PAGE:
Indeed, by taking this singular point into account the ‘Is Government Fit for Purpose?’ inquiry uncovered deep-set tension between the secretary of state and senior official, the departmental permanent secretary, that can best be described as ‘urgency vs realism’ and a matter that cannot be avoided.

The minister’s evident exposure demands distinct urgency to meet publicly-announced promises and commitments. Civil servants provide balance by realistically finding ways for policy to be delivered effectively. ‘What works’ demands their full attention, bearing in mind the wide spread of interests facing the minister and the need to engage across a myriad of misalignments.

How to focus on delivery

In one sense, this is all business as usual but government and complex private and public service entities are littered with good policies gone wrong.

Strategy literature repeatedly confirms that 20% of effort should concentrate on policy creation, while the remaining 80% must focus on policy delivery.

However, the fracturing that occurs in policy delivery ultimately comes down to leadership not being sufficiently attentive to the reality of engaging and building trust with multiple interests and, as a result, displaying poor understanding of stakeholder needs.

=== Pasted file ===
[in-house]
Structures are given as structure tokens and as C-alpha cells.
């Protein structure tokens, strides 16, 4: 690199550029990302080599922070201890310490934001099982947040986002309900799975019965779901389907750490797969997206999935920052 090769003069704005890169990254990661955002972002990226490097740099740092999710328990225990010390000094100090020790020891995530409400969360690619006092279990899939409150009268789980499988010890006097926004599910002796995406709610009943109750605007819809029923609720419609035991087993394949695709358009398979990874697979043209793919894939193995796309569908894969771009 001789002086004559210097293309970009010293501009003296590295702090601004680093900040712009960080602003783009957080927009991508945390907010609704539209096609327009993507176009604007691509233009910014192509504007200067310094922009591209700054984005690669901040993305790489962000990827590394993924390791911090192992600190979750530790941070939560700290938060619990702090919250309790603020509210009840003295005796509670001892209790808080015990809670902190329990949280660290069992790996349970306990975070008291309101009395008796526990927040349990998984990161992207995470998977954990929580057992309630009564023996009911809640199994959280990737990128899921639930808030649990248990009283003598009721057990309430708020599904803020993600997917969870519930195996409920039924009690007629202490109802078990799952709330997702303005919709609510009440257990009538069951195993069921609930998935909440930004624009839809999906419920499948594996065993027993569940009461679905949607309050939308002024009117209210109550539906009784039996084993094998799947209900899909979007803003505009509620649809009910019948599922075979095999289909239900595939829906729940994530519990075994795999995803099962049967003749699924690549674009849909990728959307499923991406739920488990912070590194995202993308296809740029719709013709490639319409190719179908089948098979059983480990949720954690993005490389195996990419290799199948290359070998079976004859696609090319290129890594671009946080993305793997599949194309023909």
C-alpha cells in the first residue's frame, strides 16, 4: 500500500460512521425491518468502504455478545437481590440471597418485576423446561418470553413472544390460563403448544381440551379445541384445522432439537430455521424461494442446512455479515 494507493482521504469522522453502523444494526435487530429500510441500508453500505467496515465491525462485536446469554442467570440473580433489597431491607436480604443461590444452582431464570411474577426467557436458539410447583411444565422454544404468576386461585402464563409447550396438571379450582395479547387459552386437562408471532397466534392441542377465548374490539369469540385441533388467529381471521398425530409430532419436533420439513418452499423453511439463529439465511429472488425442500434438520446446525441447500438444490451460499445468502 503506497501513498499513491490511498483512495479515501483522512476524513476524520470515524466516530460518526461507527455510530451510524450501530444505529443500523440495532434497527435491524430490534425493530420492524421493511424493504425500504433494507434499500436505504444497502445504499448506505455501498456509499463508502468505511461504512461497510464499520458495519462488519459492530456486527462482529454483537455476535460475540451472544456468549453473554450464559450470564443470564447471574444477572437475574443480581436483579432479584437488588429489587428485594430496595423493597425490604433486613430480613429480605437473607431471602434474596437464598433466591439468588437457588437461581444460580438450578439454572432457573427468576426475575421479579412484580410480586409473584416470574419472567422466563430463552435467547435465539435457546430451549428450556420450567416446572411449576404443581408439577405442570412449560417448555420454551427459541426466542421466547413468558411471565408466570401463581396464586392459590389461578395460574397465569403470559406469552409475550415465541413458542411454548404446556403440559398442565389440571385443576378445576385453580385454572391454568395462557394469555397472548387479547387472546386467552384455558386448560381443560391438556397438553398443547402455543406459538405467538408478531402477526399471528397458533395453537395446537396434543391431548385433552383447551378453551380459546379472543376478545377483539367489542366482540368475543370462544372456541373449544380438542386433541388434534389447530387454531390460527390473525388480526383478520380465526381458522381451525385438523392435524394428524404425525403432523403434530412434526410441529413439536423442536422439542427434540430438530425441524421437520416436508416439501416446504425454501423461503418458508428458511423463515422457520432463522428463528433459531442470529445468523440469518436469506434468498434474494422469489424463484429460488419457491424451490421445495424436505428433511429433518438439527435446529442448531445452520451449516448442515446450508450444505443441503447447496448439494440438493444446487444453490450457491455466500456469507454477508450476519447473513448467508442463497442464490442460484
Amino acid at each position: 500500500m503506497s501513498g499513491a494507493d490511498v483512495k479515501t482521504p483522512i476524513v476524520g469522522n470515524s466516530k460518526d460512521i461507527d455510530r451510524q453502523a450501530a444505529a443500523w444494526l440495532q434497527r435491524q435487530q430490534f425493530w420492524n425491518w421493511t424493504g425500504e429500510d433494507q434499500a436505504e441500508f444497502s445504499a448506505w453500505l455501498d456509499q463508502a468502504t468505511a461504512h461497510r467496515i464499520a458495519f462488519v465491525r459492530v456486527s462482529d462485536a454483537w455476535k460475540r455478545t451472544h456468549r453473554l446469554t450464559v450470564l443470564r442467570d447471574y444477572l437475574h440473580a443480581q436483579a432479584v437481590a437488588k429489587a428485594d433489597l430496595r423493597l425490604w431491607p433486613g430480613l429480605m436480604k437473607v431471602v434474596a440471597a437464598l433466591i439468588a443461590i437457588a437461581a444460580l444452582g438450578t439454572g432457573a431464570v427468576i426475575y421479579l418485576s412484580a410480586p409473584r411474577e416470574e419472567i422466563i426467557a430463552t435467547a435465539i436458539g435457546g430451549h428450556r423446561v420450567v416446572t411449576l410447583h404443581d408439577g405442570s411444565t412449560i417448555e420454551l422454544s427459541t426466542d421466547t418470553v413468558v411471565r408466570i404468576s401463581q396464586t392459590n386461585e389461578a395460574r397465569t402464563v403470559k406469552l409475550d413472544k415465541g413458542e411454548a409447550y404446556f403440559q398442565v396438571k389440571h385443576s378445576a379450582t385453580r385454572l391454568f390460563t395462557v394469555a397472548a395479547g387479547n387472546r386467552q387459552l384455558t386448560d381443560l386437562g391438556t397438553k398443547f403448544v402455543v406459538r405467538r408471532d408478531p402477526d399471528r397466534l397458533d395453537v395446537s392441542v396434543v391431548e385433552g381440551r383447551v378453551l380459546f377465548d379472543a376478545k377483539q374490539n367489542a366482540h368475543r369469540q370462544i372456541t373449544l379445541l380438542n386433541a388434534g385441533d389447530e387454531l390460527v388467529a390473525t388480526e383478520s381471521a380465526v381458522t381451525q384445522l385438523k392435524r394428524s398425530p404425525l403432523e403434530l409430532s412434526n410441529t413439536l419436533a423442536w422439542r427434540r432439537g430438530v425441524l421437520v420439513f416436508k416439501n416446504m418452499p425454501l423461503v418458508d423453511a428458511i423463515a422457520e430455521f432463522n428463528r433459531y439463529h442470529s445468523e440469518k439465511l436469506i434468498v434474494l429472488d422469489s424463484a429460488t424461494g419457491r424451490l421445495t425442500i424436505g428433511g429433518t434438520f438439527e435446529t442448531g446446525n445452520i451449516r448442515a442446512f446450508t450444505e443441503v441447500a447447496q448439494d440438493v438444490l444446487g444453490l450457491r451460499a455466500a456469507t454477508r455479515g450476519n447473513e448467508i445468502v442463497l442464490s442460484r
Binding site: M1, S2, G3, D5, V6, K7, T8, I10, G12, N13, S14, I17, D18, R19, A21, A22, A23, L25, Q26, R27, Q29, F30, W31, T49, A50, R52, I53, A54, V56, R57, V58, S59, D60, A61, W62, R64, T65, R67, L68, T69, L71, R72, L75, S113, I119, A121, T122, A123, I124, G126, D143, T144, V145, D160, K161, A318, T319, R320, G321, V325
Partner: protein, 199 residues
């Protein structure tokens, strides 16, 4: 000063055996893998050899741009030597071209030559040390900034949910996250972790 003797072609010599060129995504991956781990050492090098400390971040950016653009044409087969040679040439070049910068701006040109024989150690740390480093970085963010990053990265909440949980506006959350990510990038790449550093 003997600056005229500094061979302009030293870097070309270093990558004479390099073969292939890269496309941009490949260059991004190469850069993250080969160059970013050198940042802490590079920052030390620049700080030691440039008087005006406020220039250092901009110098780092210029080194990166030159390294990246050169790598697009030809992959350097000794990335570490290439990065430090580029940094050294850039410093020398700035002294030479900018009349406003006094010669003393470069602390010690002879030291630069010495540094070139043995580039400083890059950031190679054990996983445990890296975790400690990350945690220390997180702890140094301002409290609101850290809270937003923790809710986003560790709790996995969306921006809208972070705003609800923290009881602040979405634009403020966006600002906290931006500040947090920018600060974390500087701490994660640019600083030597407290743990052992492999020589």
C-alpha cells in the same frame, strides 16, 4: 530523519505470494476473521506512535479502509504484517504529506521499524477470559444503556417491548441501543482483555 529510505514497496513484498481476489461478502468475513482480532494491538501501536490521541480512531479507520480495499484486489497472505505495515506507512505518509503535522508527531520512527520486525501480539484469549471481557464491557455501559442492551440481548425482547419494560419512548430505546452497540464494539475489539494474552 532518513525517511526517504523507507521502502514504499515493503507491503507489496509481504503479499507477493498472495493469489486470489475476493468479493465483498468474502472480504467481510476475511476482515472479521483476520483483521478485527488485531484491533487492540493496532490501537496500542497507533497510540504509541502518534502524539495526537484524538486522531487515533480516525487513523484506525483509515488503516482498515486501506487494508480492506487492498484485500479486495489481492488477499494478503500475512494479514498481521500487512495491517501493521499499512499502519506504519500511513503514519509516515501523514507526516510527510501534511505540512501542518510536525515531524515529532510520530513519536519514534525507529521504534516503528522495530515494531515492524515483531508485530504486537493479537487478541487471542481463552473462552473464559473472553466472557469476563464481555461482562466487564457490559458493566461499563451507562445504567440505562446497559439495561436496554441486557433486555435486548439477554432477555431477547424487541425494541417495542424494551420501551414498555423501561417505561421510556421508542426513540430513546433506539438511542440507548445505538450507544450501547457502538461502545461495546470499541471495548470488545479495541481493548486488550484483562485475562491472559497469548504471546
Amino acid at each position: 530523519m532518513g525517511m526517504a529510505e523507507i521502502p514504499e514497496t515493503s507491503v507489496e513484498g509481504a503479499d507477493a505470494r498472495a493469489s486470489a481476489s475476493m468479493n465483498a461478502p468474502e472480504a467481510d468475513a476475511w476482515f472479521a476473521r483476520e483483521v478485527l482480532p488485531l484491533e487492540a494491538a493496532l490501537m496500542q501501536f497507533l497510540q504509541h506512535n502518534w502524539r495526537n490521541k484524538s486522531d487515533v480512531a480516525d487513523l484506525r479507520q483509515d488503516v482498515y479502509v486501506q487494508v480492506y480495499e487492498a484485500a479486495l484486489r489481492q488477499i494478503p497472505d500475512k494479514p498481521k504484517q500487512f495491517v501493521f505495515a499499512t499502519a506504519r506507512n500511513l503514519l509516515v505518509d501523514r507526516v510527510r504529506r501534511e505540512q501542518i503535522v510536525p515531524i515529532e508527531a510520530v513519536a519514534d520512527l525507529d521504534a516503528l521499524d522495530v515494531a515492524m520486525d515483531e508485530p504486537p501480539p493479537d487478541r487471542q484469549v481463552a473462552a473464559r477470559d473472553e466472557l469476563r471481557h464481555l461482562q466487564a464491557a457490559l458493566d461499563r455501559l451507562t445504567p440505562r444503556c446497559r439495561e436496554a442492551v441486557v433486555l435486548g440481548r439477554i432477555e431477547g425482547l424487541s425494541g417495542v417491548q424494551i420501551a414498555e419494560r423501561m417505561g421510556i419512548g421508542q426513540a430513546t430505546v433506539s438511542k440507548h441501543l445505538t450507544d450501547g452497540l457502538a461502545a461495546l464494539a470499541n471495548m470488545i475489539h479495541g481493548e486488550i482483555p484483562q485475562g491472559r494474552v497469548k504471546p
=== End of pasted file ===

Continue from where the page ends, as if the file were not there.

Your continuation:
For policy delivery to work, a sense of partnership between the secretary of state and the permanent secretary is necessary. The investigation of evidence coupled with robust conversation enables policy to be more smartly delivered and the process of telling truth to power occurs naturally.

My own study highlighted that a sharing mindset was minimal among ministers. Instead, insensitivity to the ‘urgency vs realism’ tension was expressed as frustration by minsters who repeatedly felt they were being blocked in their ambitions.

Read more: UK civil service review to call for more ‘robust culture’ after Raab resignation

Ministerial capacity is key